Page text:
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How Medical Marijuana Ads Can Misinform Teens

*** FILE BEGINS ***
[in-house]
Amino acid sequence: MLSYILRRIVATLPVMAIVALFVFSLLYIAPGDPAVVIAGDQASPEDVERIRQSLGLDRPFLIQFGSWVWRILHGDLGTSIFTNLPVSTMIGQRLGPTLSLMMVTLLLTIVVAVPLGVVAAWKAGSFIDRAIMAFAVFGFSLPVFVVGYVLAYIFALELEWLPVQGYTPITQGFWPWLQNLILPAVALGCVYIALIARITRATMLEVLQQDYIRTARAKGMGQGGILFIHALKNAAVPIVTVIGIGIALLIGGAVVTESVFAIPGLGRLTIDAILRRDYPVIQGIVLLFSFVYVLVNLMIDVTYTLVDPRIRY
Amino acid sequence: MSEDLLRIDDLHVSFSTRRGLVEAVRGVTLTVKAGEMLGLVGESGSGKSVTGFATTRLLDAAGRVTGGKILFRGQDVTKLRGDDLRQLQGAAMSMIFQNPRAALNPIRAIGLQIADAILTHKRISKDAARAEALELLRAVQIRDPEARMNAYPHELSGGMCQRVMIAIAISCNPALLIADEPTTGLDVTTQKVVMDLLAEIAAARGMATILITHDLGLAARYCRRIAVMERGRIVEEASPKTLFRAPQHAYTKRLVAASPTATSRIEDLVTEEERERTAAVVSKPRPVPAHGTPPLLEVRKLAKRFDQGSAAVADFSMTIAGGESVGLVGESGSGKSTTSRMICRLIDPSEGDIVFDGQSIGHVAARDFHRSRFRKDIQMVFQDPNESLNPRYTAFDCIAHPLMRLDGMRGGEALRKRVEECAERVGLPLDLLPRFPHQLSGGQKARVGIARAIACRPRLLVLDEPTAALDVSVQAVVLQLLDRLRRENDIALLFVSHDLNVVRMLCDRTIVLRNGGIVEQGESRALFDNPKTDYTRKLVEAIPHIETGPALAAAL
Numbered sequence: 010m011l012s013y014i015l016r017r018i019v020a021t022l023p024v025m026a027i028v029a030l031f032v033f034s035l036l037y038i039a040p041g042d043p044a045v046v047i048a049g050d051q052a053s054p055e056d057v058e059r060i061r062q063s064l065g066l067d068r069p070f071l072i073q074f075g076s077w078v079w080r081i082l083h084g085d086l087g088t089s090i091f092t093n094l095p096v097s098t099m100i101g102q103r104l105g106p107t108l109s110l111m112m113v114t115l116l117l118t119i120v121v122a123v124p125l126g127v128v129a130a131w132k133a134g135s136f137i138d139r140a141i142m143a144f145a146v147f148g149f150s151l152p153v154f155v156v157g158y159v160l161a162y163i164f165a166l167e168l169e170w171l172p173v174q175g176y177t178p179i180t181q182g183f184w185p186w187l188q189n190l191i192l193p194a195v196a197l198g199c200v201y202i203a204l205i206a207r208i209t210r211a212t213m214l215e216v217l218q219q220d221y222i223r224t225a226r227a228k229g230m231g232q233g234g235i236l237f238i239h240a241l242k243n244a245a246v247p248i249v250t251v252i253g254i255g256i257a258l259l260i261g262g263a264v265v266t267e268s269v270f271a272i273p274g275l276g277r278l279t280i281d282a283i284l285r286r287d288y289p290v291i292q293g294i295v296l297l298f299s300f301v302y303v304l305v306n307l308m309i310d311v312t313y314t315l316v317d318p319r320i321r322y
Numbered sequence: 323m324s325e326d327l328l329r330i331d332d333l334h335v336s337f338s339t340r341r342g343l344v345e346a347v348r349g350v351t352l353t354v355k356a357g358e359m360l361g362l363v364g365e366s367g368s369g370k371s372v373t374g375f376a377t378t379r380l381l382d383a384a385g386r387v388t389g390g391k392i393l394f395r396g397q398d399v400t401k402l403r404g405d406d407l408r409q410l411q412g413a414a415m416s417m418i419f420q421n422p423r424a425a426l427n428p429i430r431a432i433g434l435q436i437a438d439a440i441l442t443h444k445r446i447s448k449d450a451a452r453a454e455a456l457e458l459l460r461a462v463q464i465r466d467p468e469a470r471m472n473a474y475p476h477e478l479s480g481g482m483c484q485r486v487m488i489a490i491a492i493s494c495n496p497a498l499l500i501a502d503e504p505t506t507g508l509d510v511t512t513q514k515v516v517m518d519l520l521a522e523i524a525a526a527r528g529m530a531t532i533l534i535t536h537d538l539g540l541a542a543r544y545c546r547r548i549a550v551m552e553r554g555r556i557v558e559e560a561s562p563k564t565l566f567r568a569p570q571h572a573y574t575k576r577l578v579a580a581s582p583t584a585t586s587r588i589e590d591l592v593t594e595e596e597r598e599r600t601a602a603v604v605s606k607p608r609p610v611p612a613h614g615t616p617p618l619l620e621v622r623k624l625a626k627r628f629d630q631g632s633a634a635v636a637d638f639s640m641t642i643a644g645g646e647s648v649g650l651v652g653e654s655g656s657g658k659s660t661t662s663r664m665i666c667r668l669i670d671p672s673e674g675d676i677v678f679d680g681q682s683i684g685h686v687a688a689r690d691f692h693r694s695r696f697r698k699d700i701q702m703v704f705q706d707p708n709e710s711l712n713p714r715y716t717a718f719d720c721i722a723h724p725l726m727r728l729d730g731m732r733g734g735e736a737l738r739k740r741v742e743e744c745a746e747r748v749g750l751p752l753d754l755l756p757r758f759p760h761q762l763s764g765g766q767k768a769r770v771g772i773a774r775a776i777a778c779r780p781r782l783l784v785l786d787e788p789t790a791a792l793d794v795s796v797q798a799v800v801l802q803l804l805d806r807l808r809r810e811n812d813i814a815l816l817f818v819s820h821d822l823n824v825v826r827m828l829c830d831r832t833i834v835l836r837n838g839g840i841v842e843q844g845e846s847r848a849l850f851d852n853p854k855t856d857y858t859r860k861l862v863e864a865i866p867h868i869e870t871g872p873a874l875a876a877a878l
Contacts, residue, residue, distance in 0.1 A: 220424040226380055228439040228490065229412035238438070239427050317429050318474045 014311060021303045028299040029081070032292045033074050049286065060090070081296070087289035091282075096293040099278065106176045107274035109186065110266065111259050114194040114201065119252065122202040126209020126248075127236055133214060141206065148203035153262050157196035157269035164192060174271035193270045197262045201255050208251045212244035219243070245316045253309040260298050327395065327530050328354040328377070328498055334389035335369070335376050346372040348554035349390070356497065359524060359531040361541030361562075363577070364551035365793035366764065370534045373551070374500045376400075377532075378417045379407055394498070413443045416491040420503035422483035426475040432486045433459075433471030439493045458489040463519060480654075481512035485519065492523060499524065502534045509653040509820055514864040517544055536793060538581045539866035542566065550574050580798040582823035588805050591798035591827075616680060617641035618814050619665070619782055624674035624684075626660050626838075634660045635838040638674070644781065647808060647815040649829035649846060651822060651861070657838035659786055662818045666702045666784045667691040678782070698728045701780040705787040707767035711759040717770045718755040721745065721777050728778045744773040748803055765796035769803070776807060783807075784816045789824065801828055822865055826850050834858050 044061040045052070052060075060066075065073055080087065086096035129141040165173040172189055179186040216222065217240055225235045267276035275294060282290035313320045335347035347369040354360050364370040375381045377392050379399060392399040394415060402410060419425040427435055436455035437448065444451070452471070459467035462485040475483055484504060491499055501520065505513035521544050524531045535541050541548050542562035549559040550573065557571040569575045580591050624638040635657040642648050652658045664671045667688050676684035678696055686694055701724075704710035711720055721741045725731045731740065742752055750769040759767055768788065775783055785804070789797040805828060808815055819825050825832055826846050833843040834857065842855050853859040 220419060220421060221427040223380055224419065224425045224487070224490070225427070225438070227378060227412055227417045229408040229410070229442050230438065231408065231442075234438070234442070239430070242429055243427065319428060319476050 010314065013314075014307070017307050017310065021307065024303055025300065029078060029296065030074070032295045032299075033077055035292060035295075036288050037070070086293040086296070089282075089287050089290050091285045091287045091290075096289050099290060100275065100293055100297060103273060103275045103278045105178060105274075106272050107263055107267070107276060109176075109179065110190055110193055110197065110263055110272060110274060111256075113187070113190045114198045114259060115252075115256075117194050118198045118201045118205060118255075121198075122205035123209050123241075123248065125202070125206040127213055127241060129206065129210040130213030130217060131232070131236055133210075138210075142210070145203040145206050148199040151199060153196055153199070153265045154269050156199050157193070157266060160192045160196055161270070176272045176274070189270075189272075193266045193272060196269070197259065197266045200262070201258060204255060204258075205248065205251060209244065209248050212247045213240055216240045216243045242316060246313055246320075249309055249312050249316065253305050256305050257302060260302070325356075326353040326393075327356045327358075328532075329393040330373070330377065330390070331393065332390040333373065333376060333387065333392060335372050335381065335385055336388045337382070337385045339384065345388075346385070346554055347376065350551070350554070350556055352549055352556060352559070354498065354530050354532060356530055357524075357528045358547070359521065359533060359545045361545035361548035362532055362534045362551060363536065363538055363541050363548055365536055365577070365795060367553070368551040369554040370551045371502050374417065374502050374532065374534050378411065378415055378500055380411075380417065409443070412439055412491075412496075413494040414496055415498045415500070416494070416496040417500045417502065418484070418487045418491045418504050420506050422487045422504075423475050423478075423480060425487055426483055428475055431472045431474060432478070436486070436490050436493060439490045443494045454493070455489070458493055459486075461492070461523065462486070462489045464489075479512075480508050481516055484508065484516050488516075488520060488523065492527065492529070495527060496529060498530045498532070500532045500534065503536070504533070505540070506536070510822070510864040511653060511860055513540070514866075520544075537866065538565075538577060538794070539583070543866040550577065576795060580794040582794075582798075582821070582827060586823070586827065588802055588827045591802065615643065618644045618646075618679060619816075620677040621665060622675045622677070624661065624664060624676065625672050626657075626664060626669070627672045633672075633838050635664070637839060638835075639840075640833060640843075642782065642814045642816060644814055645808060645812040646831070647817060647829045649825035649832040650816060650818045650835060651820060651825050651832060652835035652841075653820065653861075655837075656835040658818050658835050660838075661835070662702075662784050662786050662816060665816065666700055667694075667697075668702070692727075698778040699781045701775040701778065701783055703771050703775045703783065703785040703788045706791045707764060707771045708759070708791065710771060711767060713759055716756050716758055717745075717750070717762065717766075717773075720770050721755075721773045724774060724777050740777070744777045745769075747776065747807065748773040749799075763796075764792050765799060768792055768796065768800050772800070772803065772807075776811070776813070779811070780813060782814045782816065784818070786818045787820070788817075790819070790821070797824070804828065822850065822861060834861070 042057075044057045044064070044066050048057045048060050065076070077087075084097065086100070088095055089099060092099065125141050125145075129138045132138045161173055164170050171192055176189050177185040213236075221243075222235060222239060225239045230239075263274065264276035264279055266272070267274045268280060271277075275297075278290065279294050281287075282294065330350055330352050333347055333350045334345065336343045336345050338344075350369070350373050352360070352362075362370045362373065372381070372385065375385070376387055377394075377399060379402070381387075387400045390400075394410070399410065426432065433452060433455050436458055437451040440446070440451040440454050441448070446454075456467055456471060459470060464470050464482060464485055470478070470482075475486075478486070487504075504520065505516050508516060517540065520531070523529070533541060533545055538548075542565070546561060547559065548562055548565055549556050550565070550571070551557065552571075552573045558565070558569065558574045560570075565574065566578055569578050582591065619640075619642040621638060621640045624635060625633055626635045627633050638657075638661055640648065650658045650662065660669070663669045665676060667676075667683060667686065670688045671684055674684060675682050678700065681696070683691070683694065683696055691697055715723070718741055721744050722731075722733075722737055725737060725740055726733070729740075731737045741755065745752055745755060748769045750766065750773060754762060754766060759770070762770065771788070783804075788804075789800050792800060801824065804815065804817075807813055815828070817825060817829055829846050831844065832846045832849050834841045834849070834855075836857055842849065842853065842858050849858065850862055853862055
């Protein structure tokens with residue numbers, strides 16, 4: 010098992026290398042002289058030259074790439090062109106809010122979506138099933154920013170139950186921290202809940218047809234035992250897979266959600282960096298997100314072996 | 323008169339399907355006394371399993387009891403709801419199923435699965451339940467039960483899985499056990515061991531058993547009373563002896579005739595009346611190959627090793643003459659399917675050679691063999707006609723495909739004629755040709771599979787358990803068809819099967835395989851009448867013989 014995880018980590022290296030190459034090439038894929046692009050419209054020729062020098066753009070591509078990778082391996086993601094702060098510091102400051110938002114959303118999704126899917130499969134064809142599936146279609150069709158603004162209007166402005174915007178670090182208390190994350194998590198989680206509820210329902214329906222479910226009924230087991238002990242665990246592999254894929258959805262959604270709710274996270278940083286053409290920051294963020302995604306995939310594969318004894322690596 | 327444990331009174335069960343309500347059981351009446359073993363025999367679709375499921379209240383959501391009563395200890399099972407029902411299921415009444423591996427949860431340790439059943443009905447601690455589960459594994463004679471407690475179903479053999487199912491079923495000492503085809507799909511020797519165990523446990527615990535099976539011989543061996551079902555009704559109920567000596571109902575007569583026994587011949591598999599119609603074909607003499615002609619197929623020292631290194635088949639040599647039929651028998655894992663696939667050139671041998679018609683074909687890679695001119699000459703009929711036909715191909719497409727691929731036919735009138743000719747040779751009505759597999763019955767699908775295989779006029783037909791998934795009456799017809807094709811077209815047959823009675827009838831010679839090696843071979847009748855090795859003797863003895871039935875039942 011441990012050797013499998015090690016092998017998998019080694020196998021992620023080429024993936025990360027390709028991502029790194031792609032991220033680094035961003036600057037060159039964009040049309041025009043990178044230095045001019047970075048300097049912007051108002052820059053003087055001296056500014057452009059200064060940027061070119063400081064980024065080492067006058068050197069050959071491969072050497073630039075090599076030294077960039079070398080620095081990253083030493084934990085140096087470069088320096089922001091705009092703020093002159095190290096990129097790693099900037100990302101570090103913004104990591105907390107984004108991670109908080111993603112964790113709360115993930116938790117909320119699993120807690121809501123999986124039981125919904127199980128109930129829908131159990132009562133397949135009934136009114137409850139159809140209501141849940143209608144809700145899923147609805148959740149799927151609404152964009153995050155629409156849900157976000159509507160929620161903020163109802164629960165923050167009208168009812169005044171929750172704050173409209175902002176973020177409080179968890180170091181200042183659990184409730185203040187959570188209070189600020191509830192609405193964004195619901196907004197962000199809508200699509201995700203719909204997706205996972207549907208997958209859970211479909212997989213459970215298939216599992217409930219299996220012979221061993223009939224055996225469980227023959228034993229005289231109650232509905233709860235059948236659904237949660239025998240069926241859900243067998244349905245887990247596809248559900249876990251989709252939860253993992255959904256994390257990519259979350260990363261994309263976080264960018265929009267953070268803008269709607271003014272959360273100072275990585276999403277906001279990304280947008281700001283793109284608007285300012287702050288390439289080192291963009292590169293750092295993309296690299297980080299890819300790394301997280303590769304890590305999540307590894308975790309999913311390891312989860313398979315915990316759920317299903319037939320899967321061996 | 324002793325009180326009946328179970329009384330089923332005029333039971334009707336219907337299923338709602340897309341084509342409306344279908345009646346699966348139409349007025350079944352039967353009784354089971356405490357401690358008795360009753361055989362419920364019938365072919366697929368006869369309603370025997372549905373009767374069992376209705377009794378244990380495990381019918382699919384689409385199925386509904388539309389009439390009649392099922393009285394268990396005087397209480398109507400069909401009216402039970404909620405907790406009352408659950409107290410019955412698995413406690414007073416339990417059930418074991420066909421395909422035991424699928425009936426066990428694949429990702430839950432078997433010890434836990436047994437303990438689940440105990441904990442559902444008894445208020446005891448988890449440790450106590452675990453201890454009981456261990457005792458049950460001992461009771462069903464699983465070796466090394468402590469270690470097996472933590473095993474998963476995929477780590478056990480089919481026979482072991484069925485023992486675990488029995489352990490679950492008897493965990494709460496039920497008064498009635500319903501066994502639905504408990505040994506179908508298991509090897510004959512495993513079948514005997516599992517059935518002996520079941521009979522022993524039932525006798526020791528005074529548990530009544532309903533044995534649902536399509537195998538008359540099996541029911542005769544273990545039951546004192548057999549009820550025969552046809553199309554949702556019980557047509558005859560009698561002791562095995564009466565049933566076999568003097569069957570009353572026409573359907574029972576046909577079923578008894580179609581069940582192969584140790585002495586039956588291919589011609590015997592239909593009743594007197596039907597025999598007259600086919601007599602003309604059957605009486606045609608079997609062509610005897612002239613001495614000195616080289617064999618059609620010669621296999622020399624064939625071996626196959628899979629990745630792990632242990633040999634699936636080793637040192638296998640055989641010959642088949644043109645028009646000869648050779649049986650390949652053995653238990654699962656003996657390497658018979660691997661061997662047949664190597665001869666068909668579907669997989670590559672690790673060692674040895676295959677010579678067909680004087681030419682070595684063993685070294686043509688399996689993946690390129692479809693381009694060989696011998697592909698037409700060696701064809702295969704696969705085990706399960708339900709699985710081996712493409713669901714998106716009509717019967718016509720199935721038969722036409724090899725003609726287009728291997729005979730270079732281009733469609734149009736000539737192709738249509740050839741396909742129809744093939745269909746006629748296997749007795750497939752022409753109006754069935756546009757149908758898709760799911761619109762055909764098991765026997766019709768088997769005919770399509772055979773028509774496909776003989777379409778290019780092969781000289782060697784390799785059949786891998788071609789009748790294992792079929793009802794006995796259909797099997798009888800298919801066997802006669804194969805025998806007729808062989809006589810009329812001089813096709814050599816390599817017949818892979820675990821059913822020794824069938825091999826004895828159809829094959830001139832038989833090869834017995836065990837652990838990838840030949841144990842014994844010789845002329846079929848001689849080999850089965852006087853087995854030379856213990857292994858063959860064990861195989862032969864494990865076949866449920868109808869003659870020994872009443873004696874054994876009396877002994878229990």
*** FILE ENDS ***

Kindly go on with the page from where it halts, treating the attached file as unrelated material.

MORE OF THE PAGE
Medical marijuana is spreading, as is the marketing for it. Teens are exposed to medical marijuana ads through emails and spam email. While they may have just deleted the spam and moved on, studies have shown that teens who have viewed similar ads tend to be misled into using the products that are being promoted. However teens are receiving messages of medical marijuana, they are receiving them more frequently as legalization progresses. The Rand Corporation did research on several groups of adolescents from the ages of 13-19 in Southern California during the time span of 2010-2017 to see how many of them were exposed to marijuana advertising and how they processed the information they were privy to. With California being one of the states at the forefront of having medical marijuana dispensaries and would be eventually legalized recreationally, testing was imperative because of the fluctuation of perceived marijuana advertising that the state would have. The results of the research showed that the teenagers who had higher exposure to medical marijuana advertising also displayed “higher average use, intentions to use, positive expectancies, and negative consequences. Similarly, higher rates of change in medical marijuana advertising exposure were associated with higher rates of change in use, intentions, expectancies, and consequences over 7 years.” The results conclude that the ads put an idea into the teenagers’ mind and swayed them into something that they may have not considered had they not been influenced by the advertising in the first place. One of the main objectives of the Rand Corporation's research is to acknowledge marijuana has been shown to affect a teenager’s brain in a negative manner. The actual structure of the brain is altered significantly, causing the memory and problem solving areas to decline. What the developing teenage brain really needs is to be as healthy and astute as possible. A teenager using marijuana recreationally is damaging their brain. The conclusion of the Rand Corporation research states that “exposure to medical marijuana advertising may not only play a significant role in shaping attitudes about marijuana but may also contribute to increased marijuana use and related negative consequences throughout adolescence”. The report also suggests a need for regulations. Regulations enforced for alcohol and tobacco advertising should be applied to marijuana advertising, researchers urgently suggest, to help reduce the number of teens who may be persuaded to try something that they may not have seen otherwise.

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